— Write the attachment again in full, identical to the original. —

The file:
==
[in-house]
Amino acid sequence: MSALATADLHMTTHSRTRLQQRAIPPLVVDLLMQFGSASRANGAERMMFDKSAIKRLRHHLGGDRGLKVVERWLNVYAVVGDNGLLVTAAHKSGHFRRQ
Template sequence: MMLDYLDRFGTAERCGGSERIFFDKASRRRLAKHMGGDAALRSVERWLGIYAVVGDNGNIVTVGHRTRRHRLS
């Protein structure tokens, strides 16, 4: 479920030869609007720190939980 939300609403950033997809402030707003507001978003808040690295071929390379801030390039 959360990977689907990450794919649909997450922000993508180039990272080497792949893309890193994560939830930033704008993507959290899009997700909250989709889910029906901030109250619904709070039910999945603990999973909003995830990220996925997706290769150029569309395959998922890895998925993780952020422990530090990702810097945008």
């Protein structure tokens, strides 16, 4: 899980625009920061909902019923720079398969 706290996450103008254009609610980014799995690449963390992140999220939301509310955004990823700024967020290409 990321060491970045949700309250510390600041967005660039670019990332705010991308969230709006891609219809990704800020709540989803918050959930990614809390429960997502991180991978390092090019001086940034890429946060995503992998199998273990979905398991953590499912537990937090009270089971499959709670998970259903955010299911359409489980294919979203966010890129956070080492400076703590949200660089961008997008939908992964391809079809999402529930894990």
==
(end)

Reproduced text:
[in-house]
Amino acid sequence: MSALATADLHMTTHSRTRLQQRAIPPLVVDLLMQFGSASRANGAERMMFDKSAIKRLRHHLGGDRGLKVVERWLNVYAVVGDNGLLVTAAHKSGHFRRQ
Template sequence: MMLDYLDRFGTAERCGGSERIFFDKASRRRLAKHMGGDAALRSVERWLGIYAVVGDNGNIVTVGHRTRRHRLS
């Protein structure tokens, strides 16, 4: 479920030869609007720190939980 939300609403950033997809402030707003507001978003808040690295071929390379801030390039 959360990977689907990450794919649909997450922000993508180039990272080497792949893309890193994560939830930033704008993507959290899009997700909250989709889910029906901030109250619904709070039910999945603990999973909003995830990220996925997706290769150029569309395959998922890895998925993780952020422990530090990702810097945008």
């Protein structure tokens, strides 16, 4: 899980625009920061909902019923720079398969 706290996450103008254009609610980014799995690449963390992140999220939301509310955004990823700024967020290409 990321060491970045949700309250510390600041967005660039670019990332705010991308969230709006891609219809990704800020709540989803918050959930990614809390429960997502991180991978390092090019001086940034890429946060995503992998199998273990979905398991953590499912537990937090009270089971499959709670998970259903955010299911359409489980294919979203966010890129956070080492400076703590949200660089961008997008939908992964391809079809999402529930894990």